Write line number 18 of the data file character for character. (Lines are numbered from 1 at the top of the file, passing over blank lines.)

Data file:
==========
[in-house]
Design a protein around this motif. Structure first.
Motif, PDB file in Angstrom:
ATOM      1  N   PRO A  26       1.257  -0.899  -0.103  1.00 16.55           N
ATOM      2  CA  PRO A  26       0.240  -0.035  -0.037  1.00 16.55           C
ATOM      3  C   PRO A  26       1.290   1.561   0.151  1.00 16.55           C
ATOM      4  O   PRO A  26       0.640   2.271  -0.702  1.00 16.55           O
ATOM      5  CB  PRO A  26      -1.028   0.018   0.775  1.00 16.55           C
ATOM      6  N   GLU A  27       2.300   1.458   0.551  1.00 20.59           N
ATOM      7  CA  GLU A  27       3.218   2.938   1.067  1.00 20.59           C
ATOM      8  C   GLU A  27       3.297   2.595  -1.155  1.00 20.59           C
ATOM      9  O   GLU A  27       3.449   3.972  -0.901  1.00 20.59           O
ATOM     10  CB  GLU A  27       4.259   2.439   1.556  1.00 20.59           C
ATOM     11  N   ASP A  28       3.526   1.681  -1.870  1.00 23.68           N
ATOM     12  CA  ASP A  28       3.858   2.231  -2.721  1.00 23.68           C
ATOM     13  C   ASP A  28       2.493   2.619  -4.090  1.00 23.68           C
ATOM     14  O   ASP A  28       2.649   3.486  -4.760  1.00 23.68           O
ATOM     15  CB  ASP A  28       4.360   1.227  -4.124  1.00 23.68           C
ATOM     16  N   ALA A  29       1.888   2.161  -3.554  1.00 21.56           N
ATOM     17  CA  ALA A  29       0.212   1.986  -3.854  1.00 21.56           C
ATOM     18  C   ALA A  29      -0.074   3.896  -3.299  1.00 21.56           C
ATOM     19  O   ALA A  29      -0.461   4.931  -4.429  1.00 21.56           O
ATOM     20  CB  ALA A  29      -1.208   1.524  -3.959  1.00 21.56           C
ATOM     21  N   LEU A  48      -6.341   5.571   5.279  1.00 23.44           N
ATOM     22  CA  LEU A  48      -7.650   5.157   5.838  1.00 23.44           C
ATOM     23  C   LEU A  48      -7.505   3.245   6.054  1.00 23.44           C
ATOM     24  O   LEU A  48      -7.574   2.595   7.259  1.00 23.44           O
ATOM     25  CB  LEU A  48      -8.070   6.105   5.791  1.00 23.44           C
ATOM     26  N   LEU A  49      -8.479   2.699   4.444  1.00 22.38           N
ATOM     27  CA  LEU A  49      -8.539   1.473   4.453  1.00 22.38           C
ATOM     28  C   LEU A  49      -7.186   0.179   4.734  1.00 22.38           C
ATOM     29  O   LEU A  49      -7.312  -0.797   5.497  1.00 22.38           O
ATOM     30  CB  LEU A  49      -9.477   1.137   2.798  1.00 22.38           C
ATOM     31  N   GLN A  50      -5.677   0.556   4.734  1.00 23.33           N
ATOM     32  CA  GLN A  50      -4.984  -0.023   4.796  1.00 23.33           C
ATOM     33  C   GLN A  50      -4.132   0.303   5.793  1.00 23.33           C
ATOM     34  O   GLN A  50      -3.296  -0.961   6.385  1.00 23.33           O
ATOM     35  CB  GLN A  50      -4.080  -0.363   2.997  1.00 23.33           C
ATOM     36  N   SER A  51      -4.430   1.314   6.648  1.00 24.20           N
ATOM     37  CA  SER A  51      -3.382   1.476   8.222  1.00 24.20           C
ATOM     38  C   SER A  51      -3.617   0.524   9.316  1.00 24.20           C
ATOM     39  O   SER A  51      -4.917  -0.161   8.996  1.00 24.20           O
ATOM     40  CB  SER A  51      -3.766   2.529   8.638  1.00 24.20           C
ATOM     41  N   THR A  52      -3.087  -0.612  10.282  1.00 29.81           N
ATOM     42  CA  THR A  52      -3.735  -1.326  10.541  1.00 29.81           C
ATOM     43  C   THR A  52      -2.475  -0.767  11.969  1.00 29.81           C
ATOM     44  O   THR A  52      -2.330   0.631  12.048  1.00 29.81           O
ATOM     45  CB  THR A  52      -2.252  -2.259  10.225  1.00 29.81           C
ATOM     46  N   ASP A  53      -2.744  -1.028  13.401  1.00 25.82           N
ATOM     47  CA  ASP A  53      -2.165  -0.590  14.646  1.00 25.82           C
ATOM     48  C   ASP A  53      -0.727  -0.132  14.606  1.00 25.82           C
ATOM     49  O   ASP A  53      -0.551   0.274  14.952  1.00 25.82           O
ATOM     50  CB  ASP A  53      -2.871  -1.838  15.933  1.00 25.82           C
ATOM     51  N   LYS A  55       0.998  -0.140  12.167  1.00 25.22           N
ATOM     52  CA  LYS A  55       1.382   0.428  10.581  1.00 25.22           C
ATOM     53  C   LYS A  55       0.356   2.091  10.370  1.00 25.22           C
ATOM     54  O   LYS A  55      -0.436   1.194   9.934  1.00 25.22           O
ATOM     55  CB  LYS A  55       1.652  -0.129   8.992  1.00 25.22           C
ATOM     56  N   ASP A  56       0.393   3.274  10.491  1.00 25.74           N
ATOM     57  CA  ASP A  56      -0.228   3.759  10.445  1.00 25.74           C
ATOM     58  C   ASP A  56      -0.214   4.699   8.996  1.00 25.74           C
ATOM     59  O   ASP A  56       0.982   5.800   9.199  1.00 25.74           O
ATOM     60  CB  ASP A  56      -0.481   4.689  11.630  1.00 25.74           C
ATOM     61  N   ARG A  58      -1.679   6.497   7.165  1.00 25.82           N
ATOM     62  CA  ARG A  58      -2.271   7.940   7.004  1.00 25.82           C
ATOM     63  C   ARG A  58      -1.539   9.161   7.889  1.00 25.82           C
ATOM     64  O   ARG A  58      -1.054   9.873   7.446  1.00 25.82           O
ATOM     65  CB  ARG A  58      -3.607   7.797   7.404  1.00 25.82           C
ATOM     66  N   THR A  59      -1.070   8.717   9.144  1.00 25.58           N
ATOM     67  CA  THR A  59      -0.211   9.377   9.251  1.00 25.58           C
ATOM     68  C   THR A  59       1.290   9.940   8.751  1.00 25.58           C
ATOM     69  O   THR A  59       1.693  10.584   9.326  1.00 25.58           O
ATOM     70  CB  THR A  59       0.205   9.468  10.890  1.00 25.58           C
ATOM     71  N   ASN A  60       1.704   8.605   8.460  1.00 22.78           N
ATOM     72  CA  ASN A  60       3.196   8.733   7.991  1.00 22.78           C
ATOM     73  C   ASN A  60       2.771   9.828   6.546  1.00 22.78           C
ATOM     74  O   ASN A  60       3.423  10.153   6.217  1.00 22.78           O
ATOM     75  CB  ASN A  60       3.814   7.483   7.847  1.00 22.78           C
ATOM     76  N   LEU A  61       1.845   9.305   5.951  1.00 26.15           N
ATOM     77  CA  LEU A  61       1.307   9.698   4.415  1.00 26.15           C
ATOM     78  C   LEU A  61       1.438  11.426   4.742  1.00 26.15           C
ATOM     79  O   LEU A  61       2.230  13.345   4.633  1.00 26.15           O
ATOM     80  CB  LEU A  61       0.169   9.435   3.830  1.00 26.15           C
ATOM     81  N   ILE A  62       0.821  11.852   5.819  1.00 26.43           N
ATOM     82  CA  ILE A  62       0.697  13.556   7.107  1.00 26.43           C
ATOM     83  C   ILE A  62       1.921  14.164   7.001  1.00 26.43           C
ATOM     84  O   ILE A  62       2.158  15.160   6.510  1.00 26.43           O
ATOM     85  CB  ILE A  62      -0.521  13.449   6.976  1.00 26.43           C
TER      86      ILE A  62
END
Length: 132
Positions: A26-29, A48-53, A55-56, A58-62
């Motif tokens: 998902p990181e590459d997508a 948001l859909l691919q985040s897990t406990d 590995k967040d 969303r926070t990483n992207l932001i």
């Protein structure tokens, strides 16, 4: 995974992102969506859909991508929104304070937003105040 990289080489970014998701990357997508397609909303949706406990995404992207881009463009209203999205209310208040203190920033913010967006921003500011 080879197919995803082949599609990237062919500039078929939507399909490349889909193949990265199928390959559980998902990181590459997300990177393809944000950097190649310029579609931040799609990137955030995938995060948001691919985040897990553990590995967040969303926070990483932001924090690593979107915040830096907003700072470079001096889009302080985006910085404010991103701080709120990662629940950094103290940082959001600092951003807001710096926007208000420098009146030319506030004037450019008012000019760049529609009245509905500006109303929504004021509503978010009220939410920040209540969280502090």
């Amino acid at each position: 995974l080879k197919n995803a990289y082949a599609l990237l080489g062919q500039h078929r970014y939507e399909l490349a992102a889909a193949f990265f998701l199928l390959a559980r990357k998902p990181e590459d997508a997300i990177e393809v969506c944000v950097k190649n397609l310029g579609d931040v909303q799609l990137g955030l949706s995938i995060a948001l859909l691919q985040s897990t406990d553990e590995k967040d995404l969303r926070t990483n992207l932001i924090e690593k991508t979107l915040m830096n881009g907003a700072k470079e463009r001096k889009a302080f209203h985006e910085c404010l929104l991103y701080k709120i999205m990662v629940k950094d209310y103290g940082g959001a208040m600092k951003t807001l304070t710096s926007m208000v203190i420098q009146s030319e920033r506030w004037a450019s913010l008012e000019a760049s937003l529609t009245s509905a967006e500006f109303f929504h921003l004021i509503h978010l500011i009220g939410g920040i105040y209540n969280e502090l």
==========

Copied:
ATOM     15  CB  ASP A  28       4.360   1.227  -4.124  1.00 23.68           C